- Nico Bistolfi
Complete Guide of Image Sizes for every website
Are you looking for a guide to help you out on the exact measurements you can use on the images for your website? Are you confused by the amount of information out there on image optimization, image sizing, format guides, etc?
Well, you are not alone. Saving images for a website has always been a bit of a mystery for many. Uploading images that are heavy (original image sizing at 5000px width, unoptimized images) will not only create issues with the user experience on your site, but it will also affect your SEO strategy since website speed is a critical user-experience and SEO factor (affecting bounce rates and rankings), and image sizes often are the overwhelming performance bottleneck.
But don’t worry, we are here for you. In this article, we are going to present you with the ultimate guide for image size and formats for your website.
Why are image sizes and site performance important?
Unoptimized images slow down websites, which create a bad user experience, which then lowers the chances to rank in Google searches. When you optimize images, it positively impacts your web performance, reducing load time and increasing website speed. Even if it's just a few milliseconds, that could be the difference between your website either gaining or losing countless website leads and sales. See the pattern here?
Basically, saving your images with appropriate dimensions and optimizing images for the web can help with speed, user experience, SEO rankings, sales and overall quality.
Tip: if you’re worried about user experience, here is an article on why Piio improves the digital experience to millions of users.
Best image sizes for websites:
Before listing the best image sizes and formats for your website, you need to start with format, size and resolution.
Image file format:
The most common formats are JPG (JPEG), GIF or PNG files.
- JPG: this file type is good for saving images with millions of colors, including photographs and graphics with a variety of shades and gradients.
- GIF: this one is best for line art/cartoon-like drawings.
- PNG: although this is also an acceptable format, it is not needed in most cases. PNG is a higher quality and larger file than JPEG. It also supports transparent backgrounds commonly used for logos.
It’s important to note that regardless of these formats, you should never upload high-resolution images to your site just for display purposes. This is because even if your website is only displaying them at a smaller size, the URL for the original images can often be reverse-engineered from the source code, and your images can get stolen. Plus, large images take a lot more time to upload and are slower to optimize.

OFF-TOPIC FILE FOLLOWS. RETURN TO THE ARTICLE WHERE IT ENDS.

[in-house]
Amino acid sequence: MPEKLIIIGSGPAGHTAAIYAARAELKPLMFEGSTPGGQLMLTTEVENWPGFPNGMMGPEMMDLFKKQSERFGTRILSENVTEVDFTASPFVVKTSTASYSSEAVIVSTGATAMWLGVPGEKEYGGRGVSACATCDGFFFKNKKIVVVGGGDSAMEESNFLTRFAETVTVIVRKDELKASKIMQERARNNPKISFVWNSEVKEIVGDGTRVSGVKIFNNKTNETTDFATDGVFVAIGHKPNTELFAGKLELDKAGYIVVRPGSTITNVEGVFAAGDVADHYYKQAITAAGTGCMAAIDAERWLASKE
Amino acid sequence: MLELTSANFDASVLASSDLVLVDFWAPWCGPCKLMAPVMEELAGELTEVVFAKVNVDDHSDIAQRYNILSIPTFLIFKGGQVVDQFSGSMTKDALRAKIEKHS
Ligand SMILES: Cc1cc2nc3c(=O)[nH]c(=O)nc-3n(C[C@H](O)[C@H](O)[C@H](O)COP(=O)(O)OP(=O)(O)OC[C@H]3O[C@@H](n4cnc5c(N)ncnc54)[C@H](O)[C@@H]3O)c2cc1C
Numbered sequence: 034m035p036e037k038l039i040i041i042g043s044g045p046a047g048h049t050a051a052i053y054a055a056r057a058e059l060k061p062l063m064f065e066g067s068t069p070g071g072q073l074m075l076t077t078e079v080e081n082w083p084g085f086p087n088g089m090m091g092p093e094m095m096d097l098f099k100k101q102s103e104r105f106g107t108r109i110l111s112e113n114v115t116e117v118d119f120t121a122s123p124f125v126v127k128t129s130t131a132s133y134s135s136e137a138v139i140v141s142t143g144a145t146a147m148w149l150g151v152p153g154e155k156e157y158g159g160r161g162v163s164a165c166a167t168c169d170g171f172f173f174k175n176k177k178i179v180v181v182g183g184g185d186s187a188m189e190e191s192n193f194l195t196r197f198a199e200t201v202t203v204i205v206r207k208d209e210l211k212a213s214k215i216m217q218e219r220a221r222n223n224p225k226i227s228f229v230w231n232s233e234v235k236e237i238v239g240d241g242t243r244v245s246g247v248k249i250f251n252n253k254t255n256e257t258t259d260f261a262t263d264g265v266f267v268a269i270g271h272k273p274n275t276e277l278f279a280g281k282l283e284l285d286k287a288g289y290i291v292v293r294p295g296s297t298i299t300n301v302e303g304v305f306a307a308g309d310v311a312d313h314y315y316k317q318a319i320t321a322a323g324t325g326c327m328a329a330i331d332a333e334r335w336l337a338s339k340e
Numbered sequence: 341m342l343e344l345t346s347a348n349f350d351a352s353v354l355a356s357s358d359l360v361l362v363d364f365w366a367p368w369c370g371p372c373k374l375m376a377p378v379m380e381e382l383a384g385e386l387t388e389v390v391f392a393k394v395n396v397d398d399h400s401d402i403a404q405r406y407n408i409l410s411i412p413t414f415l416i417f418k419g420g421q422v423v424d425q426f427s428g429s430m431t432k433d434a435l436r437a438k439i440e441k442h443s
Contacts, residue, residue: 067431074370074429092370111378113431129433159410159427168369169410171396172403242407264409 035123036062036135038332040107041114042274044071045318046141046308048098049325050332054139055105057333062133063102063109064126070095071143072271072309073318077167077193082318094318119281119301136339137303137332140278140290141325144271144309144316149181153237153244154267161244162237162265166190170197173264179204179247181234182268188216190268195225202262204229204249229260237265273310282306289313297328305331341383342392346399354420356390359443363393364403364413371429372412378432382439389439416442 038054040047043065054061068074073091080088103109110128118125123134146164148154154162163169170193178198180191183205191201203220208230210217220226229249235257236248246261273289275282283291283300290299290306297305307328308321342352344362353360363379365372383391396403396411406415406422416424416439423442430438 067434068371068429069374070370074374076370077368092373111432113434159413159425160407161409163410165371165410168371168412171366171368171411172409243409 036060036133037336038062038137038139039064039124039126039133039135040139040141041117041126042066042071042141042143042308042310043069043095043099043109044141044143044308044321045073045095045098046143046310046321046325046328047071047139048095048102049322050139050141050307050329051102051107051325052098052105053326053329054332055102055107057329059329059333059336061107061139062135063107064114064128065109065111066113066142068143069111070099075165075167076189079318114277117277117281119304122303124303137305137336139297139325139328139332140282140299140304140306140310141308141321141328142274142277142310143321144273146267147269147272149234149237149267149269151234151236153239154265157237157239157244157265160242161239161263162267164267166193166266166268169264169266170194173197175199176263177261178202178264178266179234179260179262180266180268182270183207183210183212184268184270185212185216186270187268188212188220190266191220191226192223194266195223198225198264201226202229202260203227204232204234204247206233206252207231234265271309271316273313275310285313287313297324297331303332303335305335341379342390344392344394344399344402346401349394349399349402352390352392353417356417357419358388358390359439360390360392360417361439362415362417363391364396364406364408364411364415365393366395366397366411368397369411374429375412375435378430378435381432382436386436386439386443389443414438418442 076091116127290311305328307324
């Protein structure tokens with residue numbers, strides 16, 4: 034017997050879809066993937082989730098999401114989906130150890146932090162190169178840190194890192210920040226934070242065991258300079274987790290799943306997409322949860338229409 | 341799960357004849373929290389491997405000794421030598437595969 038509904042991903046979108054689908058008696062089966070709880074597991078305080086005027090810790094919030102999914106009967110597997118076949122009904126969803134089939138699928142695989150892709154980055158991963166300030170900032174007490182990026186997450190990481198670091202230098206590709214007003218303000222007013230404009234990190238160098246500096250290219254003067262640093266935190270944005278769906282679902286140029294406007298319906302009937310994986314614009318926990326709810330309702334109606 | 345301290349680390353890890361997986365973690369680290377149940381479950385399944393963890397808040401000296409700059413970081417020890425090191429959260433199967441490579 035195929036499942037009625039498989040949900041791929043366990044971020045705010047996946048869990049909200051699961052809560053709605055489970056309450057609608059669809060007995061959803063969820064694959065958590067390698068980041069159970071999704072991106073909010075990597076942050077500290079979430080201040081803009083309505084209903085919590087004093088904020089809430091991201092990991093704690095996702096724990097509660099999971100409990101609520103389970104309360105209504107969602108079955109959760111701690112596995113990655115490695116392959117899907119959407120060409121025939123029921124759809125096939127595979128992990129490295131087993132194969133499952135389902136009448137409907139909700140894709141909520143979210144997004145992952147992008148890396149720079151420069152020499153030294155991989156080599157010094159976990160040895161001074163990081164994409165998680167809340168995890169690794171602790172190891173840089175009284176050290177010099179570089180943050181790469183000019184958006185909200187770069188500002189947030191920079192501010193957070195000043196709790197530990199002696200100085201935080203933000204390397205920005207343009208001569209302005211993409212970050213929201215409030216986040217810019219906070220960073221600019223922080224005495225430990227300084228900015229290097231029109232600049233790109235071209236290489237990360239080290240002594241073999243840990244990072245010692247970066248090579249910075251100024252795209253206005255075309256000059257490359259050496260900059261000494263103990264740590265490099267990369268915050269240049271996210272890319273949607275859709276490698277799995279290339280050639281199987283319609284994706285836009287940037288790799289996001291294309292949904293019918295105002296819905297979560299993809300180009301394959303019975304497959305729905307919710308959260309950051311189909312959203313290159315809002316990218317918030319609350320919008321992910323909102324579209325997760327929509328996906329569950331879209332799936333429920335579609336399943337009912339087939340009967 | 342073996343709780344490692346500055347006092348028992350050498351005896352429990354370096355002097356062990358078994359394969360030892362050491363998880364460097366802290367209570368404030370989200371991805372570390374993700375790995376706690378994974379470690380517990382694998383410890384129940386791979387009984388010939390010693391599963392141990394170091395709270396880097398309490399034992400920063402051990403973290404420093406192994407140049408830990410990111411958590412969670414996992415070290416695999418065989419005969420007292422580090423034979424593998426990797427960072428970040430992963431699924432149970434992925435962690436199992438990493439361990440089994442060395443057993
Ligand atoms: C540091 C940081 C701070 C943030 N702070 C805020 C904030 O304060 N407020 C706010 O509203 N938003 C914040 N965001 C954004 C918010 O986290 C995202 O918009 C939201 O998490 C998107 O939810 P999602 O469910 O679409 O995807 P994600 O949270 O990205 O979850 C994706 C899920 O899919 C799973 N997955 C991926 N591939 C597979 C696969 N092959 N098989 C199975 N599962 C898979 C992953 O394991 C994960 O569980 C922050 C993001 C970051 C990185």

File size is associated with the number of bytes. A 10MB photo is too large; a 250KB photo is much more reasonable. If your file size is too big, it’s an indicator that either your image dimensions are too large or the resolution is too high. That means, we need to optimize them.
You need to choose the optimal file size based on how you are using the image:
- For banners or header images, a file size up to 60KB is acceptable.
- For high end photographs, try to keep them to within 100KB at an absolute maximum.
The resolution is measured in dots per inch (DPI). Most computer monitors display images at 72 dpi or 92 dpi, so anything higher than that is overkill and makes your image unnecessarily large. When a design program has the option to “save for web”, it means saving it at a low, web-friendly resolution. The more dpi, the more your website will slow down.
By “image size”, we’re referring to the image pixel dimensions (width and height in pixels), or the image file size (KB or MB). We’re not referring to the image size in inches/cm or to the image DPI. On the web, DPI is irrelevant and only pixel dimensions matter! The Image size is related to pixels. The more pixels, the more quality.
Here is a list of image sizes:
- No images: the left column is used for navigation.
- Wide slide carousel and Regular slide carousel (Drupal) true dimensions: 892px x 408px (Drupal resizes for smaller carousel)
- Super-wide image (Drupal): 900px wide [MAX]
- Wide image: 600px wide [MAX]
- Images floated in main body with wrapped text: 150px – 300px wide
- Thumbnails: 100px square
- Headshots used for staff directories, etc: 220px square
- 250px – 300 px wide
However, if you don’t want to worry about image sizing, you can count on Piio for that. They will not only optimize them, but they’ll optimize your website's user experience and performance. Piio can reduce data transfer to end users up to 95% and increase page speed by 3x!
So, what size should my images be for the web?
Now that you know the different image file formats, file sizes, image sizes, etc., here’s a few rules of thumb to keep in mind:
- Optimal file size: large images or full-screen background images should be no more than 1 MB.
- Most other small web graphics can be 300 KB or less.